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Crowdsourcing logo design – does it work?

April 17th, 2014

Everyone’s crowdsourcing everything these days, raising money for community projects, taking part in charity events, funding scientific research – the list goes on. Crowdsourcing seems to have become trendy in the logo design world too, with a number of organisations using the method as a way to generate novel ideas, engage with members of the public or a particular community, and to kickstart a self-perpetuating marketing campaign.

In 2013 municipal governors of the Italian city of Florence decided to go down the crowdsourcing route to come up with a new brand identity for the city. The competition, open to both professional and amateur designers, encouraged entrants to submit logo design ideas, in sketch format, to rebrand Florence as an international tourist destination.

A total of 29 ideas were shortlisted from over 5,000 entries. The winning design (below) was created by professional poster art and magazine designer Fabio Chiantini.

At first glance, I liked this logo. The red and white colours are eye-catching and would also work well in monochrome, while the use of four different language translations of ‘Florence’ fulfils the brief to highlight Florence’s place as an international tourist hotspot. I also liked the use of bold font to highlight the letters F I R E N Z E – Florence in its native Italian.

However, compare Florence’s new logo with that of Prague’s (below) – ring any bells? The concept, though executed differently, is more or less the same. Florence’s new design is not direct rip-off, but it does suggest that the crowdsourcing model has failed to generate fresh thinking and innovation as hoped.

Freelance journalist Diana Di Nuzzo has been openly critical about the use of the crowdsourcing method for logo design, saying that “creating a symbol for a city…should be a job for professionals.”

You see, although the competition winner was in fact a professional artist, the choice of winning design was made by municipal officials and representatives from the contest’s sponsor, Audi. Essentially, the selection panel picked the sketches they liked the best, and voted on the winner. Incidentally, while Chiantini received a prize of €15,000, the other 4,999 contestants got nothing – is this fair?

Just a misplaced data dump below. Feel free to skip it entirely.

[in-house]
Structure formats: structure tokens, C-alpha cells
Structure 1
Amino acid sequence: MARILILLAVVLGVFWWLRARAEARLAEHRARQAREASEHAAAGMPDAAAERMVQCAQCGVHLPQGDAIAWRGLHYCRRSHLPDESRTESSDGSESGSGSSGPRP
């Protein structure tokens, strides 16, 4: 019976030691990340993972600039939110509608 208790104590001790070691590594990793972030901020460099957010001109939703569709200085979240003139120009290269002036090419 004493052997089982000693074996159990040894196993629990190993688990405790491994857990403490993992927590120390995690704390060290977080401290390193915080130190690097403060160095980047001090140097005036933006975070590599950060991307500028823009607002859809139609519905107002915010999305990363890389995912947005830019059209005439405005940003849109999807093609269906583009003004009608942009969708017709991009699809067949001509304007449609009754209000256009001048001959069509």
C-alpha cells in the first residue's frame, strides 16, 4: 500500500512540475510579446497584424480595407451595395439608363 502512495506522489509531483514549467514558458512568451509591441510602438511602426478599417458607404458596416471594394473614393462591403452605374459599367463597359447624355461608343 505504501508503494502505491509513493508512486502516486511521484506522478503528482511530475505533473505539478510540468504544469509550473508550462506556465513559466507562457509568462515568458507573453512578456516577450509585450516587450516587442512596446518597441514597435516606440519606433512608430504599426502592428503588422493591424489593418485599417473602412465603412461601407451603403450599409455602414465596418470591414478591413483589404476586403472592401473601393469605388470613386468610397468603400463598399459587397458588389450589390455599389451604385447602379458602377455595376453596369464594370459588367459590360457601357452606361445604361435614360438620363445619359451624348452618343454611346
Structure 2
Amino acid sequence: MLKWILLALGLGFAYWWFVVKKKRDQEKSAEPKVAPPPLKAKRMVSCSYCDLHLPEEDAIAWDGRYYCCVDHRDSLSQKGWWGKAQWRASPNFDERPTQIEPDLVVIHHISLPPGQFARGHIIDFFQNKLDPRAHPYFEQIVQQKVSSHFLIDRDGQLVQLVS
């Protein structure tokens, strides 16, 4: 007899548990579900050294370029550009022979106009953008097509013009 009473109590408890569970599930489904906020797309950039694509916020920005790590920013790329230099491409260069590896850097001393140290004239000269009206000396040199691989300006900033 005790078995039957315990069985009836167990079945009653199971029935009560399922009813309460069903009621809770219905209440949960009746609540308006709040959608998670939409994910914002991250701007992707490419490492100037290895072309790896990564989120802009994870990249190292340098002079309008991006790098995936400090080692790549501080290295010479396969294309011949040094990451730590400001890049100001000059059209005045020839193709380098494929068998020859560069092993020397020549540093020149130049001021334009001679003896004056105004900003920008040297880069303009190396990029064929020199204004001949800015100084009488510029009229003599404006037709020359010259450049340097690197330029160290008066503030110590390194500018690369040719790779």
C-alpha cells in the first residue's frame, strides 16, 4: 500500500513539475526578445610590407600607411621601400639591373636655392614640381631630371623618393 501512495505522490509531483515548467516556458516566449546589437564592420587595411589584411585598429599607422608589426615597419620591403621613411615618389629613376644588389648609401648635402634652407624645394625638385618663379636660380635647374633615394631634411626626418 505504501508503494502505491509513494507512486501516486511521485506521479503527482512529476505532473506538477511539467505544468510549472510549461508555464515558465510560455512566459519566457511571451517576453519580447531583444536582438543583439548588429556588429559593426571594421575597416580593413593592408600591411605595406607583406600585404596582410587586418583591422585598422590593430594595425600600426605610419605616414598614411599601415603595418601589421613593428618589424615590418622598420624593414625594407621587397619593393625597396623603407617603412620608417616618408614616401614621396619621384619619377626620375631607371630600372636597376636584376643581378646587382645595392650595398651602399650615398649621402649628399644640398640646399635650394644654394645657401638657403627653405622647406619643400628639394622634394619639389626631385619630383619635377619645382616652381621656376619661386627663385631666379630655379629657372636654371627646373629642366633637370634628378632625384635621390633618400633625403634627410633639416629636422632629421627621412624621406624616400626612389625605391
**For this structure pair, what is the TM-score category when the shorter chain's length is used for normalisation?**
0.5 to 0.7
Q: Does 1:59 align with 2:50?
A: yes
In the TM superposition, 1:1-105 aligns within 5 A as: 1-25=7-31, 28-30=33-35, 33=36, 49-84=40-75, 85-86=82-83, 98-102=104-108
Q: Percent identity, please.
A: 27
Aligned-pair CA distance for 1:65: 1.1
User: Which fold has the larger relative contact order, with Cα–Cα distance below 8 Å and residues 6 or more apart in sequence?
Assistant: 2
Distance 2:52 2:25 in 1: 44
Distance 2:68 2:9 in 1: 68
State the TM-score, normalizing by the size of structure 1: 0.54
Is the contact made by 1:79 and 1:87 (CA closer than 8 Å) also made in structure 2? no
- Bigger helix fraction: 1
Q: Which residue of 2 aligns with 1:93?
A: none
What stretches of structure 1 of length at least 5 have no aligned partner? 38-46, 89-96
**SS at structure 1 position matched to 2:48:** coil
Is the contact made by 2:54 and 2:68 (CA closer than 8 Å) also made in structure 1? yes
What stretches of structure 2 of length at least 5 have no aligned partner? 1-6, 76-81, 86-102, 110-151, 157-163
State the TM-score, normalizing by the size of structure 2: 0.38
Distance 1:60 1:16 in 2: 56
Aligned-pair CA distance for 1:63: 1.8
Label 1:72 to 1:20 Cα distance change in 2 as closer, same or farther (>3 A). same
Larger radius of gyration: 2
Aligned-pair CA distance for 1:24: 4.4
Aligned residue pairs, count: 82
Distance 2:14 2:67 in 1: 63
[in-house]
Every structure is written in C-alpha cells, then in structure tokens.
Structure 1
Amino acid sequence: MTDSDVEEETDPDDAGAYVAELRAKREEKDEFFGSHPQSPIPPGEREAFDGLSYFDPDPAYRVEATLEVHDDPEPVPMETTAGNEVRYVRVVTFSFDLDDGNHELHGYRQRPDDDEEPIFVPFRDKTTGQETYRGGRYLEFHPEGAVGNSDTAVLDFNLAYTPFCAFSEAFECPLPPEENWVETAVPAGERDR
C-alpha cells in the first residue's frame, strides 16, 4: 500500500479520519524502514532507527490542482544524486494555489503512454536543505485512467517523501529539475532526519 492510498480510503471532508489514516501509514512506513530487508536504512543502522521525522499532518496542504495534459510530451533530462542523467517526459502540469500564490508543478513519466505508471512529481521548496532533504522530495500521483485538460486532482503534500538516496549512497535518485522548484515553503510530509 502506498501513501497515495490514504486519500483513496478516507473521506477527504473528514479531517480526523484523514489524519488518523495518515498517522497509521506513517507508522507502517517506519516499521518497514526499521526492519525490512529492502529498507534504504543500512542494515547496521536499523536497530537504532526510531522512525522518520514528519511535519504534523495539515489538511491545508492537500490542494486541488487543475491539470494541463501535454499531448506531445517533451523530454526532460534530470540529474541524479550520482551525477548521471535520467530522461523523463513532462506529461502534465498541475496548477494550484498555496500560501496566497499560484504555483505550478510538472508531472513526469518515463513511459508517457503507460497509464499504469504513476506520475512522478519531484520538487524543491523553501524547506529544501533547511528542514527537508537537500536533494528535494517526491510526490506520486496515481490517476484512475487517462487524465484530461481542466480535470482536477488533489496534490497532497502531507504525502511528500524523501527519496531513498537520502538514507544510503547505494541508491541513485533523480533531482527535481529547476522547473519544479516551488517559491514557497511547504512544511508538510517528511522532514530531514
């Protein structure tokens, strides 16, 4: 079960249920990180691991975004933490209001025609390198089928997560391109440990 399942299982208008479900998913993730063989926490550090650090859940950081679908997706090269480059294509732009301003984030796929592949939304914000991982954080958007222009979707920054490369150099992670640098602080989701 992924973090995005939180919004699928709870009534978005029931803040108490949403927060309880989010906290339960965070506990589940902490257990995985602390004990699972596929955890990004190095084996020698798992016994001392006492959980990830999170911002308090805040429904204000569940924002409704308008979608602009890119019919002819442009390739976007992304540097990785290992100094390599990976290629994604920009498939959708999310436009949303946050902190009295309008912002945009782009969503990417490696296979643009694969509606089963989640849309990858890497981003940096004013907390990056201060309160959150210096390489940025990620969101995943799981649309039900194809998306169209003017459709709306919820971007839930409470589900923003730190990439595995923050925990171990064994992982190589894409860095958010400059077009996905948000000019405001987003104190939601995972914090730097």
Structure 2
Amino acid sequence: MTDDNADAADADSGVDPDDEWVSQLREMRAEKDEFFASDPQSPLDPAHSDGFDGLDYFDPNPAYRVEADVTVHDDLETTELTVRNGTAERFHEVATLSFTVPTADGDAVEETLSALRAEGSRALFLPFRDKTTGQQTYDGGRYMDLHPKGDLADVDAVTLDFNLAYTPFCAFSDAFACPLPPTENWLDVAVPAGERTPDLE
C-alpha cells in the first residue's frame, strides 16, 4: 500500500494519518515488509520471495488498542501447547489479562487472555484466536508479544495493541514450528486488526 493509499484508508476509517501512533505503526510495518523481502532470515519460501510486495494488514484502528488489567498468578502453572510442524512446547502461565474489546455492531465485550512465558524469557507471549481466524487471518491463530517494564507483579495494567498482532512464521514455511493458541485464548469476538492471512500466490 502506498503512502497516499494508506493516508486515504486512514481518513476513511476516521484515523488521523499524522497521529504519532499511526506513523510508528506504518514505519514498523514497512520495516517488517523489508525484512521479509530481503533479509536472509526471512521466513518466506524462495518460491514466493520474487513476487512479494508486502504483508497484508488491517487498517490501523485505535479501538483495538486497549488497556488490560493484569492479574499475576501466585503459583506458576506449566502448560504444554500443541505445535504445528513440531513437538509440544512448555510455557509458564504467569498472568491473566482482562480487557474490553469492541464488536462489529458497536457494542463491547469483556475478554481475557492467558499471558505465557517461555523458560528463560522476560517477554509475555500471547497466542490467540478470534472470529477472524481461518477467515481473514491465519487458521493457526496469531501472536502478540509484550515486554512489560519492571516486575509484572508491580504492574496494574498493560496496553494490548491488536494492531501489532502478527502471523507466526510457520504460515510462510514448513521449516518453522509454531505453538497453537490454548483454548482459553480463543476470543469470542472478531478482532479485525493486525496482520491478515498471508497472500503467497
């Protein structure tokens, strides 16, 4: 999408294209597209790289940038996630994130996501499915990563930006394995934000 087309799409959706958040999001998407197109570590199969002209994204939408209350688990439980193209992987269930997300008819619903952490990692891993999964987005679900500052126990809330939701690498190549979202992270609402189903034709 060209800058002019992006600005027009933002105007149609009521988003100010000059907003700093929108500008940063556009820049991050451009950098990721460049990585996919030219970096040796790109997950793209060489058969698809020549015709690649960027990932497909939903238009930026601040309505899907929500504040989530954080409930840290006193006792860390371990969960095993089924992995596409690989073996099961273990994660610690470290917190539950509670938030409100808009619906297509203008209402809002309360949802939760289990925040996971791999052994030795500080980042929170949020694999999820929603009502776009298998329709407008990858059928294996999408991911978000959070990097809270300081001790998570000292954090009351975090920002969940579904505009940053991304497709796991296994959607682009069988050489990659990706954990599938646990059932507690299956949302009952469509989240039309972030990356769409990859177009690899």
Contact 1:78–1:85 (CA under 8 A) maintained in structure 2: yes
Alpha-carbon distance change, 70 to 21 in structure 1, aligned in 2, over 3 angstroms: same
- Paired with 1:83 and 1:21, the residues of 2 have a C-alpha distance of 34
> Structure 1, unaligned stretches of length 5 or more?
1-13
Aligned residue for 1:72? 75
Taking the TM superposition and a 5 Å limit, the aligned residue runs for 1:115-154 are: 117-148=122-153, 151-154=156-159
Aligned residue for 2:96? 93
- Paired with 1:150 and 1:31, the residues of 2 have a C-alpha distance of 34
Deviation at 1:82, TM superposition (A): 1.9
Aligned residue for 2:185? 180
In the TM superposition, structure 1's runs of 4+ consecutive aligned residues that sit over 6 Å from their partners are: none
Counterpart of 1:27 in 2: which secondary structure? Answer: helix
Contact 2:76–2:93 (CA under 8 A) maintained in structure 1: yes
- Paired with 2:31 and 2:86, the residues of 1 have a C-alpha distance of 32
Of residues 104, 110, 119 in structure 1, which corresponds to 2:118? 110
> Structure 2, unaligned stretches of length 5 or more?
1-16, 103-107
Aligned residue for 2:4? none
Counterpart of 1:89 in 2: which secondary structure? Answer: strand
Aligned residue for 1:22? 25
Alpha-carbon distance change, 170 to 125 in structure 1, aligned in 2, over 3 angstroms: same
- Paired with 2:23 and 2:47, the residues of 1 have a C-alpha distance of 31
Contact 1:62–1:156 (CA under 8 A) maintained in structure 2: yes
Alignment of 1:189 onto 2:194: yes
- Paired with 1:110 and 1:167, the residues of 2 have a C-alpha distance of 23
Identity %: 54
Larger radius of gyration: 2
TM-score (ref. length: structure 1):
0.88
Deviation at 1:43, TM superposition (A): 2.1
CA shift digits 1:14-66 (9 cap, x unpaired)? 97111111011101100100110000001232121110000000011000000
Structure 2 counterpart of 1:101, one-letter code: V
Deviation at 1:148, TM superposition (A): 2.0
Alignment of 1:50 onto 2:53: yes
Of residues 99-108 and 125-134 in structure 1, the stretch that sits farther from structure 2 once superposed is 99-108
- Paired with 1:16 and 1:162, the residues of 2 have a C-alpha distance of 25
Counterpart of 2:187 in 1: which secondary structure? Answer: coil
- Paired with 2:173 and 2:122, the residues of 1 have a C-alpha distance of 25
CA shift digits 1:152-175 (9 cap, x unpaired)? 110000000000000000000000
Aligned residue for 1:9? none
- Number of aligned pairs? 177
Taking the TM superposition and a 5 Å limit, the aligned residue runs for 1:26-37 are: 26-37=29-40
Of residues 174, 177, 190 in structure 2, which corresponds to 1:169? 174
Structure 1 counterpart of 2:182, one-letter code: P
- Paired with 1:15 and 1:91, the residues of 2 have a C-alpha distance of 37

Di Nuzzo’s view is seconded by artist Milton Glaser, the brains behind New York City’s iconic “I Love NY” logo. He says, “Choosing a brand is not like picking a colour you like; it is not a matter of preference. It’s a question of effectiveness.”

Now I understand Glaser and Di Nuzzo’s concerns. I liked the Florence logo, but liking a logo is not enough – the logo also has to work in terms of brand recognition and invoking emotions and connections. It should not be copied from other designs!

Surely if a logo is to maximise branding opportunities, it needs to be developed by a person or a team with experience in brand identity, not just drawing a nice-looking design?

You can hear more of Milton Glaser’s thoughts on the Florence logo in this YouTube video of an interview by Diana Di Nuzzo: http://www.youtube.com/watch?v=joPQcTgkGXQ


Leave Your Comment

JMI, Some heavy stuff you`v got there :) I`m a believer in simplicity. Everything you are saying in your papers can be shrunk in to one page.

by PavelApril 24, 2014

I`m in the same boat with Milton Glaser. However in my day to day work on multiple logo design projects I mostly get clients that are judging my designs according to their own taste. Instead of consulting a professional. It is virtually impossible to convince someone to pay money for something they don`t like a 100%. Even though a professional clearly sees the benefits and the purpose in the proposed logo. We get to see it over and over - your \"NAME\" makes all the difference. Until you achieve world fame , no one will listen to your judgment and advise. Reach the fame and you can sell your own crap for a million $.

by PavelApril 24, 2014

Really interesting, thanks​!​ I think that you would be really interested in some of the most cutting-edge research that I have come across explaining crowds, open innovation, and citizen science.​ http://papers.ssrn.com/sol3/cf_dev/AbsByAuth.cfm?per_id=1919614 And you may also enjoy this blog about the same too: https://thecrowdsociety.jux.com/ Powerful stuff, no?

by JMIApril 20, 2014